Archive for February, 2008
This article originally appeared on the Huffington Post.
Today Pakistan awoke under a spell of relief. The electoral results seem, at least for the time being, to have been accepted as a sounding defeat by the ruling PML-Q. Rather than people taking part in mass civil violence, it was business as usual in Lahore’s Old City while the occasional throng of PML-N supporters cheered for their candidates and held small rallies yelling “Nawaz Zindaband” (go Nawaz Sharif)! It was widely predicted by experts in both Pakistan and the West that wide spread unrest was likely if Musharraf’s party won thereby fulfilling vote rigging conspiracy theories bubbling among the opposition. Here in Pakistan is often speculated that, rather than being spontaneous outbursts of hostility, much of the violence is actually organized by clever political actors in order to exact concessions from their opponents. An additional effect of creating the appearance of urban anarchy is to humiliate the country’s rulers via the media in front of donor nations and trade partners. But the aftermath yesterday’s vote was nothing of the sort.
U.S. Senators Joe Biden, John Kerry, and Chuck Hagel were in Lahore yesterday as the American delegation among a slew of international poll observers. In a press conference here, Senator Biden remarked that while he could not say with confidence that the process had been free and fair, it could be counted as a “credible election” in which Pakistan could lurch forward toward civilian rule which has been absent since 1999’s post-Kargil war coup and the then PM Sharif’s exile in the Saudi kingdom. It appears that a majority of Pakistanis are ready to move forward even if it is with the godfather-like, discredited, former ruling elites Zardari and Sharif. The death knell for Musharraf’s popularity began with the eruption of the lawyer’s movement here last March and was accelerated by the General-cum-President’s handling of the Lal Masjid (Red Mosque) siege in Islamabad in the July heat.
While undoubtedly there was a certain degree of ballot stuffing, voter intimidation, and procedural inconsistencies, many people here in Lahore displayed jubilation at the overall result. As the election hype was drowned out by the hum of commerce, families relaxed with picnics, children played in the Old City’s dusty warrens and revelers vandalized ads for the slumped PML-Q.
If the PML-N and the Pakistan People’s Party can agree to coalesce, they may be able to depose Pervez Musharraf without the use of force. Whether the president is willing to cooperate with the men he helped depose will determine whether or not the country can right itself from sliding into expanding mayhem. For now, the tea is boiling and the tablas are thumping into the night.
Along The Mall, Lahore’s primary commercial strip, a cluster of curious traffic police stood watch upon the odd rickshaw and teenage cyclist. Normally choked with a riot of buzzing traffic, The Mall was eerily quiet as the polls opened this morning on the national and provincial elections that could budge the country’s long stalled plebiscite. Negotiating into the gender-segregated polling place was quite easy but observing a “free and fair” voting process was a far more distant goal. It is likely that Lahore will be the most important of Pakistan’s major urban centers being the capital of the nation’s most populous, centralized province. The three principal parties contesting the vote in Punjab, the PML-N, the PPP, and the PML-Q, are represented by symbols on the ballot sheets to enable voter participation among semi-literate and illiterate people enabling a voting process without the voters needing to have been educated beforehand. This has traditionally been a very convenient arrangement for an electorate where literal vote buying is the norm. Nawaz Sharif’s PML-N is represented by a tiger (although his supporters keep referring to him as the lion), Bhutto’s PPP is represented by a tricolor arrow of red, black, and green while Musharraf’s PML-Q is curiously a cartoonish bicycle. This morning, many Pakistanis were bussed to polling places by party apparatchiks who simply instructed them on who to cast their vote for. Here in Lahore, although there were officially eight parties running on the ballot, only party workers with voter registration rolls from the three major parties were present to check ballots against the printed lists. Ironically, at the first polling station we visited, the people working for the election commission did not have detailed voter rolls, while the party workers had fairly complete lists of exactly who was meant to turn up. The prospects for transparency immediately looked dim.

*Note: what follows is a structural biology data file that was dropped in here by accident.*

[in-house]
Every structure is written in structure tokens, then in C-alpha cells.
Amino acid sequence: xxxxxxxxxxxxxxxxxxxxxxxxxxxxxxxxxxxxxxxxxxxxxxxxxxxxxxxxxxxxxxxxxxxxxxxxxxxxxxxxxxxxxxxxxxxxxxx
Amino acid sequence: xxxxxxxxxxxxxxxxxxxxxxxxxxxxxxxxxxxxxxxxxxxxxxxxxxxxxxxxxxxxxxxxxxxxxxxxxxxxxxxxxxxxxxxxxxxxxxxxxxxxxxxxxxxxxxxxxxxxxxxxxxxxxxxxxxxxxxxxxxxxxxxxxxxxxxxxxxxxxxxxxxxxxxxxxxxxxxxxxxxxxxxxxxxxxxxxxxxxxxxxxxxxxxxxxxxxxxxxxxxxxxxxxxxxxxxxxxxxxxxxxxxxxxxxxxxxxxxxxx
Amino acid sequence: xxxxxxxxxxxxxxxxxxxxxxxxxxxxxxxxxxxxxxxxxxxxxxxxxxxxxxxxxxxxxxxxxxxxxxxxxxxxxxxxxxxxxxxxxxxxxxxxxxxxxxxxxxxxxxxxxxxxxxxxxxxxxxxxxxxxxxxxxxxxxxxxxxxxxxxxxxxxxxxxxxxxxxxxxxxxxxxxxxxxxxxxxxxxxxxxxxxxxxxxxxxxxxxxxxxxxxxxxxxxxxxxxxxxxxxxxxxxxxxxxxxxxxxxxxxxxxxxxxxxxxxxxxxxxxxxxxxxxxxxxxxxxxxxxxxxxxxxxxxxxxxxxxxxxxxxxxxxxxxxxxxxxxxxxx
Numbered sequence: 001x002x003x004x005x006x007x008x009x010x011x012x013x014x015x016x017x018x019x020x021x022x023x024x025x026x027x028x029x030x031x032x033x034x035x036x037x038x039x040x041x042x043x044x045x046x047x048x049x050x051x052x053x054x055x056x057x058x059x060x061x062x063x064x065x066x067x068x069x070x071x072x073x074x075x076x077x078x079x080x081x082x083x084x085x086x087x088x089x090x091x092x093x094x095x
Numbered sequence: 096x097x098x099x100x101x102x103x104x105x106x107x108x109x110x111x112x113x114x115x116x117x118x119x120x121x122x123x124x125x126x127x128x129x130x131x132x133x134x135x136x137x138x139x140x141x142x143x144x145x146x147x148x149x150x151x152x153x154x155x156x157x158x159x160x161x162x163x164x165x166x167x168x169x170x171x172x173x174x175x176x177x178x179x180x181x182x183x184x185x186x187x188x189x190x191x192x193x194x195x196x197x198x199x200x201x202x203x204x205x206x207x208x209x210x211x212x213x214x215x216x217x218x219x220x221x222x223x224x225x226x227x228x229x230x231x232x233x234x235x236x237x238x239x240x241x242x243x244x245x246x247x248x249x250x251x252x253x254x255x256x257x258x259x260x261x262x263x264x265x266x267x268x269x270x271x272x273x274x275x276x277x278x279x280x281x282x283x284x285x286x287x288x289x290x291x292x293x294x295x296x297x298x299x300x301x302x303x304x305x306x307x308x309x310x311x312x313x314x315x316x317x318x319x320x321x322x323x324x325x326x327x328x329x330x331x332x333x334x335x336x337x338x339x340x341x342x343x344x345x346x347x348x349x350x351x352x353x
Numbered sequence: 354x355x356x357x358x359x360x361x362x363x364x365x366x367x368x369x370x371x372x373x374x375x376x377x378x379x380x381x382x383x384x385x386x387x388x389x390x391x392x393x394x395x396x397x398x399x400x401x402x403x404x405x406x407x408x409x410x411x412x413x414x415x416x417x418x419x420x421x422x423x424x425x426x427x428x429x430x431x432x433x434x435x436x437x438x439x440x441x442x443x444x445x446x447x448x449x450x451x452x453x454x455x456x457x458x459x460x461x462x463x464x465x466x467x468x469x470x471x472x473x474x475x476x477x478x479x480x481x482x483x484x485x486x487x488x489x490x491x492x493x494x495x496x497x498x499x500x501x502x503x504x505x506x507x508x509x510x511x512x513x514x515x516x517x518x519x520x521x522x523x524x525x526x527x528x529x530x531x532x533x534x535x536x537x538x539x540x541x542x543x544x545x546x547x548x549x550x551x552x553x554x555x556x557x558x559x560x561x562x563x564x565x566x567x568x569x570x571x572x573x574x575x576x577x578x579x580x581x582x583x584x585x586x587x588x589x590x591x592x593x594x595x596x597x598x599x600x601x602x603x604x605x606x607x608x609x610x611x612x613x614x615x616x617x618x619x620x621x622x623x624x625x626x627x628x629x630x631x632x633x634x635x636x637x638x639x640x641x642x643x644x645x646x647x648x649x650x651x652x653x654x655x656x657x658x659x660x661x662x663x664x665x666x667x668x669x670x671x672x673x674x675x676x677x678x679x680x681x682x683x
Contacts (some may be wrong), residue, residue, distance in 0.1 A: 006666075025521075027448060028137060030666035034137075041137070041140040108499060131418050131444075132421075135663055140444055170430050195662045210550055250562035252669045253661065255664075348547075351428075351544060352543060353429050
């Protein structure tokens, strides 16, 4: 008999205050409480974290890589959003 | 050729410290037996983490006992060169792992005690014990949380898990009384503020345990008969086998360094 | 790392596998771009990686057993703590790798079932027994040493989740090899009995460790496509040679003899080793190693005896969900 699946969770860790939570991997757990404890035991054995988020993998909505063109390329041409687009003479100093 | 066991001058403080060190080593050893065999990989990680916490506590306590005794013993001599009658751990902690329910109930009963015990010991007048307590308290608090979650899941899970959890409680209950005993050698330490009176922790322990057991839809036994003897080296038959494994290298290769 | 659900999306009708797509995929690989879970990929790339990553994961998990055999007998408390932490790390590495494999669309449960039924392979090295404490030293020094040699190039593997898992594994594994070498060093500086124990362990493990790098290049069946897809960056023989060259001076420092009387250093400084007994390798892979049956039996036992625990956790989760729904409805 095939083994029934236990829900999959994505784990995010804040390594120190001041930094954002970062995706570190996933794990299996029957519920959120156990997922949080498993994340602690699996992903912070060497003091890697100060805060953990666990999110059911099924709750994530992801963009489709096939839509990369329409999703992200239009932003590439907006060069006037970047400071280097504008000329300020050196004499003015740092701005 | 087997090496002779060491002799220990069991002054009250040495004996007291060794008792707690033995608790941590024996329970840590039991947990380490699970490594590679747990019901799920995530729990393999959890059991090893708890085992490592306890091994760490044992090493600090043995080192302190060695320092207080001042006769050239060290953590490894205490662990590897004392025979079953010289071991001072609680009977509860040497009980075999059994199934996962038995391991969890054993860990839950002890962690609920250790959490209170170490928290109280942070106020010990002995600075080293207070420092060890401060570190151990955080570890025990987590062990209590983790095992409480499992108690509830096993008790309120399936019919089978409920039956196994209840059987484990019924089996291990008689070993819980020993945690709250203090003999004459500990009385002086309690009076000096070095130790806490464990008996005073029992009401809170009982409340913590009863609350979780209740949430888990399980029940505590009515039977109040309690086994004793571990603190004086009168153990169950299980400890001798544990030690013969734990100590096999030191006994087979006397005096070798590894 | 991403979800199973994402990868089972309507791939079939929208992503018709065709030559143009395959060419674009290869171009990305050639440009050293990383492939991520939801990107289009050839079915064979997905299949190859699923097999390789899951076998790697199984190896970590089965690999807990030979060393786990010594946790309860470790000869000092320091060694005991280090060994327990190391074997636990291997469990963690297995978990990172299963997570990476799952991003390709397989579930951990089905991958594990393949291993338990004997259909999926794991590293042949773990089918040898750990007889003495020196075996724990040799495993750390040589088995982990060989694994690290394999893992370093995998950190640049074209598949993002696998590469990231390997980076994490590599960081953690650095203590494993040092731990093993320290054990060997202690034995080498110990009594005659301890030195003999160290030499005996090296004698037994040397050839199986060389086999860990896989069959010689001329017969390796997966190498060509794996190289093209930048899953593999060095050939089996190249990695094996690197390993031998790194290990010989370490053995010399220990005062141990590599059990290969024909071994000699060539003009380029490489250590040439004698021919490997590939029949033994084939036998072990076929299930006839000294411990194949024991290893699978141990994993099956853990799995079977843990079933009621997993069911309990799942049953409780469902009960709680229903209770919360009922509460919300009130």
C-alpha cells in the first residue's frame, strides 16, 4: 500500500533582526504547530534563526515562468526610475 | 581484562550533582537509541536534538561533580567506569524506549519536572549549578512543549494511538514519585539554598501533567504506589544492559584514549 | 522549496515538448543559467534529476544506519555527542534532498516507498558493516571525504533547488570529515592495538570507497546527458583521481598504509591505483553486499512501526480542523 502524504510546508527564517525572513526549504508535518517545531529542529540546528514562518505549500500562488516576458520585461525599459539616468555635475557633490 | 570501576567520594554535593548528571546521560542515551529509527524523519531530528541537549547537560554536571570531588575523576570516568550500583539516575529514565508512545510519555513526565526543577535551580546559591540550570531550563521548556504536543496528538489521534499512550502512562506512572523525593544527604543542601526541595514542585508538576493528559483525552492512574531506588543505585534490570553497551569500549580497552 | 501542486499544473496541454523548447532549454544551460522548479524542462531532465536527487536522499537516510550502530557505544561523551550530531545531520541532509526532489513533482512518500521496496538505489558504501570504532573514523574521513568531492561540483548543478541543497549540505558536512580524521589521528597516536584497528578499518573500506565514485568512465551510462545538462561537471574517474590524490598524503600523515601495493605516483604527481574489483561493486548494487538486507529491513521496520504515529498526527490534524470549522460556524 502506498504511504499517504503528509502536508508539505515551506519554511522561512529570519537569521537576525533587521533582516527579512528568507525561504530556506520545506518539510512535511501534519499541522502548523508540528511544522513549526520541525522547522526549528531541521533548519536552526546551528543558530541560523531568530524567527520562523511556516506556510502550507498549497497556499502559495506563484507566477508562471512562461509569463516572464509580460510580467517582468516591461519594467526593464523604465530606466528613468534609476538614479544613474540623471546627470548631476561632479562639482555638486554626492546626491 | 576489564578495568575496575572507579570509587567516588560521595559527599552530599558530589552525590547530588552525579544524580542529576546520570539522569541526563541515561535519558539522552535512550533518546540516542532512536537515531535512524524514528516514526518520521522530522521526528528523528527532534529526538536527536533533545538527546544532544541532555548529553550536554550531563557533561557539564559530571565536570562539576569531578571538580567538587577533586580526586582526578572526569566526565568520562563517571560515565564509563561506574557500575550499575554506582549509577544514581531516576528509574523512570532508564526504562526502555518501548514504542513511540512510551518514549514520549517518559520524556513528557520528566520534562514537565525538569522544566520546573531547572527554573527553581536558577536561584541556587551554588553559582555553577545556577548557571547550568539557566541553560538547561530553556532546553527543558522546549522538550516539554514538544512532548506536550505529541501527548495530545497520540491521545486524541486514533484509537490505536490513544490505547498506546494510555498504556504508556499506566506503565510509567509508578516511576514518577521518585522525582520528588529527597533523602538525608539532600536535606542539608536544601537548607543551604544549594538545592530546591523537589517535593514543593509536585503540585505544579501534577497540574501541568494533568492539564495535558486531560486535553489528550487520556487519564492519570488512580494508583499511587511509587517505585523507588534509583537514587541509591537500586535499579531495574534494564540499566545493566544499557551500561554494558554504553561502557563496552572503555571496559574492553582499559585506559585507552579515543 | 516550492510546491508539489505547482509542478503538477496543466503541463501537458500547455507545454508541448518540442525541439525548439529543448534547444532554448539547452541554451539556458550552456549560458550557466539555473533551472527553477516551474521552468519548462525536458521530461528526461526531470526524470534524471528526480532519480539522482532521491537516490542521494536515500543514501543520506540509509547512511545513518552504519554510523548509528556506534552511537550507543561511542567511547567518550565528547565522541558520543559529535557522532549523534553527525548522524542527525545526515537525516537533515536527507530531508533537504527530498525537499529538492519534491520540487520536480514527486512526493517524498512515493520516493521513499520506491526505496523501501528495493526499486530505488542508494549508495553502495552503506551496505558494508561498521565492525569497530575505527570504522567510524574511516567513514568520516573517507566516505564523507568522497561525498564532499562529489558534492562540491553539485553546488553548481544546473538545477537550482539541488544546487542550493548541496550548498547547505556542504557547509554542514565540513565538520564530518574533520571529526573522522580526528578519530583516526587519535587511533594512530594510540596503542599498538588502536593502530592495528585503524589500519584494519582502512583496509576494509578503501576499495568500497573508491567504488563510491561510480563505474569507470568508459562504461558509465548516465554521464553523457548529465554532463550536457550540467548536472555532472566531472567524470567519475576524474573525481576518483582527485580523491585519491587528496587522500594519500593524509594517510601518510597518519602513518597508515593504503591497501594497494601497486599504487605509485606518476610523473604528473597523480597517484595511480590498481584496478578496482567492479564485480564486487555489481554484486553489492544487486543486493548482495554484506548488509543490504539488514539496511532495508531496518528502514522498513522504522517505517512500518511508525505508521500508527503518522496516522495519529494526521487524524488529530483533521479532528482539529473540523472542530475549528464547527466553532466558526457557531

The strongest turn out in central Lahore appeared to be for the hometown hero, Mr. Sharif. To take a shallow dive in the complexity of Pakistan’s disparate, feudal regionalisms, other parties not represented whatsoever in Lahore were hotly contesting Karachi and Peshawar. The Muttahida Qaumi Movement or MQM, which represents Pakistan’s mohajirs, the millions of Urdu-speaking Muslims who migrated to Pakistan from across post-Partition India, was battling the PPP in Karachi while the Awami National League, a secularist, left-leaning, primarily Pashtun party was going against the PPP in Peshawar in the Northwest Frontier.
Mohammed Ashraf Hussein, director of Punjab province’s Press Information Department told me that “the most crucial part of the election is Punjab” and that “who wins Punjab will control the National Assembly” meaning that Punjab carries the most seats in the National Assembly i.e. Parliament and whichever party wins the dense province will choose the country’s next Prime Minister. When asked what he thought of Musharraf’s man, Chaudry Pervaiz Elahi, running on the “bicycle” (PML-Q) ticket, he dryly replied “well Musharraf and Elahi are friends since long time and have been ruling together for the past five years” making it clear what he thought without actually stating that he was a PML-Q functionary. Elahi was the Chief Minister of Punjab and the President’s favored choice the lead the nation lest they tire of him. When commenting on the relation to the voters and their parties, he explained that a minority of voters pick candidates based on a rational decision making and that the overwhelming majority voted for whomever, or whatever symbol for that matter, represented their regional, religious, or clan affiliations.